Tag Archives: hashem

Mental Picture

When you think of God what picture comes to mind? How do you see Him in your mind’s eye? Is it the traditional picture of a bearded man sitting in a throne on a cloud with a host of ministering angels hovering around Him? Or something less traditional? Just curious…

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Be Quiet, for God’s Sake!

I don’t know about you but I like the whole davening in shul thing. I like the liturgy, a touch of chazanut, a shtickle Carlebach niggun, a good speech from the rabbi, and I am uplifted. Add in a decent kiddush after services, and I am good to go. I usually only get to shul Shabbat morning, so I really cherish my shul time.

Every shul is different with what level of background noise it will tolerate. I have heard of men being bodily ejected from shul because they were flapping their gums too much. Some shuls insist on silence only during Torah reading and the rabbi’s speech, other shuls there is a constant hum of conversation.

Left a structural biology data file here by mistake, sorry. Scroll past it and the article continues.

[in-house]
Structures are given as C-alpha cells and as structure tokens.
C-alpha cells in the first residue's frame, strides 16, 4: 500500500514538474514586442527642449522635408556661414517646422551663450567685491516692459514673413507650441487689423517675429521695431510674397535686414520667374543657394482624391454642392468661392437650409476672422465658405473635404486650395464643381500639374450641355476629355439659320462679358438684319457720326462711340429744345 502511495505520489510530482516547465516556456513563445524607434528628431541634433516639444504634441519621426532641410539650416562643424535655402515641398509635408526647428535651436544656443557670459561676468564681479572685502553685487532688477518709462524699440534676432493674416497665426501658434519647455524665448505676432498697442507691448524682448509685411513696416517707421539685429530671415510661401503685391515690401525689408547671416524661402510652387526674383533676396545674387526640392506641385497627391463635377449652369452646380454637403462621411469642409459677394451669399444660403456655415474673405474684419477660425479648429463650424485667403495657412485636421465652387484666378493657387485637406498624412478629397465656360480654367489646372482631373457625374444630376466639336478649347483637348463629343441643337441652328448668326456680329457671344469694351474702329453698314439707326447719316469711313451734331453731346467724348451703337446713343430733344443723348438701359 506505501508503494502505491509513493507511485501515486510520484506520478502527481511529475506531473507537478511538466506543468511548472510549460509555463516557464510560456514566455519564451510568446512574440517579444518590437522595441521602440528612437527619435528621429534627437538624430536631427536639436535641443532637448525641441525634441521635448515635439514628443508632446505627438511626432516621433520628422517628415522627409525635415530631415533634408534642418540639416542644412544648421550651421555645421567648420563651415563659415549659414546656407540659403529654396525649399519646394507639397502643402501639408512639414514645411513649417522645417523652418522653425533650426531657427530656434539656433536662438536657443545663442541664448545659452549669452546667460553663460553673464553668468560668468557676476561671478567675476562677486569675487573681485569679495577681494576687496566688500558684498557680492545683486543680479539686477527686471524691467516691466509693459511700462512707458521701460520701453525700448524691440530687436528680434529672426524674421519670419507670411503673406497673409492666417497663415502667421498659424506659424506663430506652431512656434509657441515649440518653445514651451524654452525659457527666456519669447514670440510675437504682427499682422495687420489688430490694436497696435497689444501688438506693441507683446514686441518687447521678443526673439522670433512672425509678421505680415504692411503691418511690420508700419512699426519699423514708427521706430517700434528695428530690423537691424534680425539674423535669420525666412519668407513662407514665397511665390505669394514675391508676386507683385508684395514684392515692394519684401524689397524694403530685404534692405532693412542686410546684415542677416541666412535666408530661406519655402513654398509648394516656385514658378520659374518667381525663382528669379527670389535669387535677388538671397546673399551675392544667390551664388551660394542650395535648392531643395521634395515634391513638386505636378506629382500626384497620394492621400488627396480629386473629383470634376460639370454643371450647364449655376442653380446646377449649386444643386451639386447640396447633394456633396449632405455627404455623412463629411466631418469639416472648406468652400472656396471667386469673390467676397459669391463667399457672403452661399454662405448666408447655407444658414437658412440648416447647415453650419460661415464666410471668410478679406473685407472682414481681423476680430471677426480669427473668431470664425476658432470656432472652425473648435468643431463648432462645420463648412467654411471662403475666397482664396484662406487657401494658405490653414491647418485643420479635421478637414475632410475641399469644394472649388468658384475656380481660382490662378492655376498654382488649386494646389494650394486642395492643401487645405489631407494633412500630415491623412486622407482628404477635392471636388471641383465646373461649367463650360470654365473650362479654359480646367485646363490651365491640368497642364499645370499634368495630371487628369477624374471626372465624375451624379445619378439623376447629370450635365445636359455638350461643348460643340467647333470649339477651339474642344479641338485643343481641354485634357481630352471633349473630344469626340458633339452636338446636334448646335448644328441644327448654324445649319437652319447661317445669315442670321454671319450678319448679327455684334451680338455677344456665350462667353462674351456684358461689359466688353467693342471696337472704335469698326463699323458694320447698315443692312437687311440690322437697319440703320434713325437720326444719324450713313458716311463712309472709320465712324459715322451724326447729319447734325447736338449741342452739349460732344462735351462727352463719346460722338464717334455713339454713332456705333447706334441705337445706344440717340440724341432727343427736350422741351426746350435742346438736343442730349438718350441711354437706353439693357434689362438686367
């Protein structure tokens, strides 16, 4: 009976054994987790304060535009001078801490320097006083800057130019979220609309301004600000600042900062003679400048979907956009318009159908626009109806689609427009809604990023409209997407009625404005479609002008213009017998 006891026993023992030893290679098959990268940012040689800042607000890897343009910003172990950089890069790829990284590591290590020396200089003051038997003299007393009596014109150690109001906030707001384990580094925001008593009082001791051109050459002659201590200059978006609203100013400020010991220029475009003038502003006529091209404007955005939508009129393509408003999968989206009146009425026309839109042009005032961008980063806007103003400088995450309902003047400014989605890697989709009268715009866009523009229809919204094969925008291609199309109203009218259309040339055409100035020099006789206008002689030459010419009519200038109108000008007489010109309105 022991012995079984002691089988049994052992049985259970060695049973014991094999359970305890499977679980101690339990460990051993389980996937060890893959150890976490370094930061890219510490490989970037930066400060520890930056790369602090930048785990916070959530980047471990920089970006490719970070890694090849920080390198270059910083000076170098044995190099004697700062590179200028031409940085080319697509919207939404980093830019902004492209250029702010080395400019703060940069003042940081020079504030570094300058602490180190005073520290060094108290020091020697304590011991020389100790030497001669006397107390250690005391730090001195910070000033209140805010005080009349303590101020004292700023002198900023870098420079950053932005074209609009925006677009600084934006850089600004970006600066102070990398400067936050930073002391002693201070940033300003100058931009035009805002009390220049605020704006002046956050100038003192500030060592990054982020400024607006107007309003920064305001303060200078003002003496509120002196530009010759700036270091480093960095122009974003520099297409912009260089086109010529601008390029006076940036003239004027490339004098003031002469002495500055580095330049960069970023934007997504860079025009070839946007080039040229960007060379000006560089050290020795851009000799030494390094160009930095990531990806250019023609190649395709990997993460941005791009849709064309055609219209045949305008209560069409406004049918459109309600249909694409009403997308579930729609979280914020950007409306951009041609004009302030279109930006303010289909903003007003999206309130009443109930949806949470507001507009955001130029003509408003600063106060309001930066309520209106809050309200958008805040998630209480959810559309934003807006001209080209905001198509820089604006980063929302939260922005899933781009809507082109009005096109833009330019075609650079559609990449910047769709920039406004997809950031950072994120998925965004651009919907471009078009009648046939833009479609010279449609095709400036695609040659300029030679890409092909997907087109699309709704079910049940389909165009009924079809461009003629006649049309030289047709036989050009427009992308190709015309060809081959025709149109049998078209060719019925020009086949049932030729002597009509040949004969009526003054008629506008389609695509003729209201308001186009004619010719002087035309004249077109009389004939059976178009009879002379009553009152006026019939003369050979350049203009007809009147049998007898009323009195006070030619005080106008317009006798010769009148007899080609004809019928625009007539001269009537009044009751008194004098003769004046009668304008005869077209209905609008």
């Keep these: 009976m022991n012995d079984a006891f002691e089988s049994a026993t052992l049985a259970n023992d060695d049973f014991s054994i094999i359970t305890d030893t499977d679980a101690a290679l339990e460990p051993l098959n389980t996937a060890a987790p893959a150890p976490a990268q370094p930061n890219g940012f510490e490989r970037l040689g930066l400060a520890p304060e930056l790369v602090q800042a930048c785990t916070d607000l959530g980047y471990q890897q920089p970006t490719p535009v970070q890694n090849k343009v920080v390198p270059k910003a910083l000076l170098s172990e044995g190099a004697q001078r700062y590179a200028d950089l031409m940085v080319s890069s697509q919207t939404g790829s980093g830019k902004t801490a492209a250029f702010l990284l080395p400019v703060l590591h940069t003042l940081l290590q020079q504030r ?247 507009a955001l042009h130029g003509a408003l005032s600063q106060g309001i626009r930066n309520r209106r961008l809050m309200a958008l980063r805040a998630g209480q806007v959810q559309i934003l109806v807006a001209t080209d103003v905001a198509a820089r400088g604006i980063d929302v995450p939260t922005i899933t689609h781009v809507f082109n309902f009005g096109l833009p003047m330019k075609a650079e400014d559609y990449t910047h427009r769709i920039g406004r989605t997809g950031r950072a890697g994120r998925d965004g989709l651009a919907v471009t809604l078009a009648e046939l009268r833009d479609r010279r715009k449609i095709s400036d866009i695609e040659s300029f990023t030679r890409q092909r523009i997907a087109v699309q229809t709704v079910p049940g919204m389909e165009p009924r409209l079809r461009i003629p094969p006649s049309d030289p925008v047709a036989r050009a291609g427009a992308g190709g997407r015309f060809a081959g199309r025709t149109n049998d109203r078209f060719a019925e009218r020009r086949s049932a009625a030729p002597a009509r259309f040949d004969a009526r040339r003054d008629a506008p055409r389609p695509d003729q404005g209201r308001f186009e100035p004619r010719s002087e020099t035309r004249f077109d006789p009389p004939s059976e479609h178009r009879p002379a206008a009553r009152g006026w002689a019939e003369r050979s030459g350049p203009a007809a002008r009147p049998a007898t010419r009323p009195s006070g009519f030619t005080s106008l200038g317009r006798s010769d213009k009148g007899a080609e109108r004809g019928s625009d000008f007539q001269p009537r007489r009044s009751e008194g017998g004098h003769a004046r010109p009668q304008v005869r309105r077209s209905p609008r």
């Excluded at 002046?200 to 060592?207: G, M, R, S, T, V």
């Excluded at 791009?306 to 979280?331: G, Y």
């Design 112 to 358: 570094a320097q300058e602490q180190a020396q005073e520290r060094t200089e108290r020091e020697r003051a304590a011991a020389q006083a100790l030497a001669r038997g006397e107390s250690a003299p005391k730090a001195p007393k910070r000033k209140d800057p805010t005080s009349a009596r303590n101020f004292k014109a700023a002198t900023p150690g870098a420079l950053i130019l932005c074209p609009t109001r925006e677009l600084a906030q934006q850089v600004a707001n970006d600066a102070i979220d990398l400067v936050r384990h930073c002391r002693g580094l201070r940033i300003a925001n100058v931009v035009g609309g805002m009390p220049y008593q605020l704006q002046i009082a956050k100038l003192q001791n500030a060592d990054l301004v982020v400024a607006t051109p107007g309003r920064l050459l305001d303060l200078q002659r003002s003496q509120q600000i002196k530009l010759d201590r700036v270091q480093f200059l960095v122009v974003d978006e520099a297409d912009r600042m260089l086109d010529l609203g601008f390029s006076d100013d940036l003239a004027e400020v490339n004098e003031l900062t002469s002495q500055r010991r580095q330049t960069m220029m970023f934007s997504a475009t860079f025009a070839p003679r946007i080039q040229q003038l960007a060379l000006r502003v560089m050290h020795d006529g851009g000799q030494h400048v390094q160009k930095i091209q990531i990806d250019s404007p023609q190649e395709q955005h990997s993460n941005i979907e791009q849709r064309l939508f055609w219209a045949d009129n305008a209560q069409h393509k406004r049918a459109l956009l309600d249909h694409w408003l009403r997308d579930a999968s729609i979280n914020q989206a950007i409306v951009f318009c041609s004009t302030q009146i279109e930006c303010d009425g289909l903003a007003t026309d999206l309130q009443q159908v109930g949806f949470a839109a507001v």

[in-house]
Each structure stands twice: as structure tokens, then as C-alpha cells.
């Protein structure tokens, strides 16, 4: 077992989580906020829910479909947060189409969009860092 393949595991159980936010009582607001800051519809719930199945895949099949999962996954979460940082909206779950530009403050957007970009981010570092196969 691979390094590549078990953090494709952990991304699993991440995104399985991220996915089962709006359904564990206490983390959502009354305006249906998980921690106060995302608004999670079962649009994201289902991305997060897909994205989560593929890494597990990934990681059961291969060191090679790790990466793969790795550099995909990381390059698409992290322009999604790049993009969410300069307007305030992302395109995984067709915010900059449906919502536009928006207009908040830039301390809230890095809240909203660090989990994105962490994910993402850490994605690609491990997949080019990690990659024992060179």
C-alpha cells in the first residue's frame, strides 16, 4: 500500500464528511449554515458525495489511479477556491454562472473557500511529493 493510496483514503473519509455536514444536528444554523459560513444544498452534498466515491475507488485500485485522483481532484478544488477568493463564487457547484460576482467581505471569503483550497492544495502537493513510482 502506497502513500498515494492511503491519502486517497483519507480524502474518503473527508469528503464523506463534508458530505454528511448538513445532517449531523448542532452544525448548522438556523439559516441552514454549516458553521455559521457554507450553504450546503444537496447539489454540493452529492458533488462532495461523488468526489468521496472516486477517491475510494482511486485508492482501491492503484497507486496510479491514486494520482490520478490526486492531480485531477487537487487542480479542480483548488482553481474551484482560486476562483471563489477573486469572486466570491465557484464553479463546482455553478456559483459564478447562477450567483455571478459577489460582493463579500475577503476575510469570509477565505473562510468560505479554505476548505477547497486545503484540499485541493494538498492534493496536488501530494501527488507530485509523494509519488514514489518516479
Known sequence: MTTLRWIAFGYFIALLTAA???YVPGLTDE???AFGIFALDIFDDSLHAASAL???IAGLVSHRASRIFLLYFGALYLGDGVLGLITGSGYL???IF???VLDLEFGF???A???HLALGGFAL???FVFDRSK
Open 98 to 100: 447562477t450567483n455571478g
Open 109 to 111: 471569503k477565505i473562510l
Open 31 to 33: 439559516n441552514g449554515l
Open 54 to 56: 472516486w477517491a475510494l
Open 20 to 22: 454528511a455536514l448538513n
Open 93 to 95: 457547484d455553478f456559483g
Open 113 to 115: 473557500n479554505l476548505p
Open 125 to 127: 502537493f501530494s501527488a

I can socialize after shul. Catch up on the latest gossip or shoe sales or sports stats or what-have-you. To me, that’s what a Kiddush is for. Why do people find it necessary to talk during shul? That is your time to pray to God.

“Sorry, God. Hold on a minute, God, Jay has to tell me what happened on the ninth hole erev Shabbat, I wouldn’t disrupt this one way conversation unless it was important”.